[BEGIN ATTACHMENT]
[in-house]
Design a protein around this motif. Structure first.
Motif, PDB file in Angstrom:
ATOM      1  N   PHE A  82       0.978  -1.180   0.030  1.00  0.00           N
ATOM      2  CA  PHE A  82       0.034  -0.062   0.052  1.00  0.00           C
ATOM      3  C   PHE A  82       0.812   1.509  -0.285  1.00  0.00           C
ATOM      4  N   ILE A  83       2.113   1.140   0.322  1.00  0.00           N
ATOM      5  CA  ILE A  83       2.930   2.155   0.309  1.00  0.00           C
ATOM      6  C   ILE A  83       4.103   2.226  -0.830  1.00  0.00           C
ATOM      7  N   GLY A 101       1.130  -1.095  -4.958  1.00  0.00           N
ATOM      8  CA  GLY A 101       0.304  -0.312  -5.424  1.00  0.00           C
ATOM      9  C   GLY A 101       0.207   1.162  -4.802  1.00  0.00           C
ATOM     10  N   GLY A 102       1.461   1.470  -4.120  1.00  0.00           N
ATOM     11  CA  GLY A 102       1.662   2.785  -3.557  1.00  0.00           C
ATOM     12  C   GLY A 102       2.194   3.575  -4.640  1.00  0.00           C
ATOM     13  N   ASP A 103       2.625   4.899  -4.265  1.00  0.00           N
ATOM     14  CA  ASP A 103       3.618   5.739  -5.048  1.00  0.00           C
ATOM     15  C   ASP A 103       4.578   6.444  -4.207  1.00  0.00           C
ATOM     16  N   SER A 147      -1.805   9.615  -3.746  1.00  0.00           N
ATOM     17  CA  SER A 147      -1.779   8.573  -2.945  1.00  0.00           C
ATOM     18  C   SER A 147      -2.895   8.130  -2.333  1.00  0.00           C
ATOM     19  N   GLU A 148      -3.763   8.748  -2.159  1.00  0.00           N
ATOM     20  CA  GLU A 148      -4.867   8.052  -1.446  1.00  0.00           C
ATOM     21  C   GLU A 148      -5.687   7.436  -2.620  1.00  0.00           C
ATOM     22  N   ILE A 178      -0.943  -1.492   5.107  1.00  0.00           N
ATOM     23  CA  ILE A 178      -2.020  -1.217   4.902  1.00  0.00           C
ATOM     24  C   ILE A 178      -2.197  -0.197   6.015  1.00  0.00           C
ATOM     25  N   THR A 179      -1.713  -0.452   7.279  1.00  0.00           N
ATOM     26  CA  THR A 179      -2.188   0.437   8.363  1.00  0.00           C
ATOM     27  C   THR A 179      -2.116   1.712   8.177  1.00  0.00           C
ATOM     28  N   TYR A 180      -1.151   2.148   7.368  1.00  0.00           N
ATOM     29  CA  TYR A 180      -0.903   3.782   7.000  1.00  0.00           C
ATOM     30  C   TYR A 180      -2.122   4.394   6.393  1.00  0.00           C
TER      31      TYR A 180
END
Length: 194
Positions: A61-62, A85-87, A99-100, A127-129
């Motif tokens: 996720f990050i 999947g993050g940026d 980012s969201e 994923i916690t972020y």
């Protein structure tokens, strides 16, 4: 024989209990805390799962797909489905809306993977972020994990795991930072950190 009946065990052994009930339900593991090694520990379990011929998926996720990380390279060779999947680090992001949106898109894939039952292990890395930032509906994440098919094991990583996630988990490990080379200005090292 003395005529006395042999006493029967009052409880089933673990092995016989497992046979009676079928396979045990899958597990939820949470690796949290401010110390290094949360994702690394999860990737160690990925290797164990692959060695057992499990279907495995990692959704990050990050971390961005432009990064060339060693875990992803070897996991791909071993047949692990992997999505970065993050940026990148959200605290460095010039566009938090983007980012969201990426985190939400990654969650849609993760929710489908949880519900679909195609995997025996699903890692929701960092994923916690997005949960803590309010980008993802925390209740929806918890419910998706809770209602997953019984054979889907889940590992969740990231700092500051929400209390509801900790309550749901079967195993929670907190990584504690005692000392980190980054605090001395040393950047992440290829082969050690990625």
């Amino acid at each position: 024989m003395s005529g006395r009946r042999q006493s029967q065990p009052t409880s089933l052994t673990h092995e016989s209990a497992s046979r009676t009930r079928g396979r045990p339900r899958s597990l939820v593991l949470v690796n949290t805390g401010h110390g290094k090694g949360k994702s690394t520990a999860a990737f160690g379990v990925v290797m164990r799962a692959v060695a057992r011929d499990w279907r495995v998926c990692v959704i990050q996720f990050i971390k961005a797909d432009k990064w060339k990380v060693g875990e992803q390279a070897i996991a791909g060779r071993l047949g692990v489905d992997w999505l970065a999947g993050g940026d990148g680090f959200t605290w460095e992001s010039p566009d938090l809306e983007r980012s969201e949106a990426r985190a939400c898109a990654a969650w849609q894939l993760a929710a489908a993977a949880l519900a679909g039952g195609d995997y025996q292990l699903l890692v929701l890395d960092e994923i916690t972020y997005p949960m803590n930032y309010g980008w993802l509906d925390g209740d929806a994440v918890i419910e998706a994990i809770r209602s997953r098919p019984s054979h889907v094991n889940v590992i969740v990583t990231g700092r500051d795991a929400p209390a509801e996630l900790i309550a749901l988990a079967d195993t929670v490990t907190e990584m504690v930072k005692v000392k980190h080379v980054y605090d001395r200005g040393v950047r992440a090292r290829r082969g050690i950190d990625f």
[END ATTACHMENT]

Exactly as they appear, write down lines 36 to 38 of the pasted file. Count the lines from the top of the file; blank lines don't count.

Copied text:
Length: 194
Positions: A61-62, A85-87, A99-100, A127-129
């Motif tokens: 996720f990050i 999947g993050g940026d 980012s969201e 994923i916690t972020y």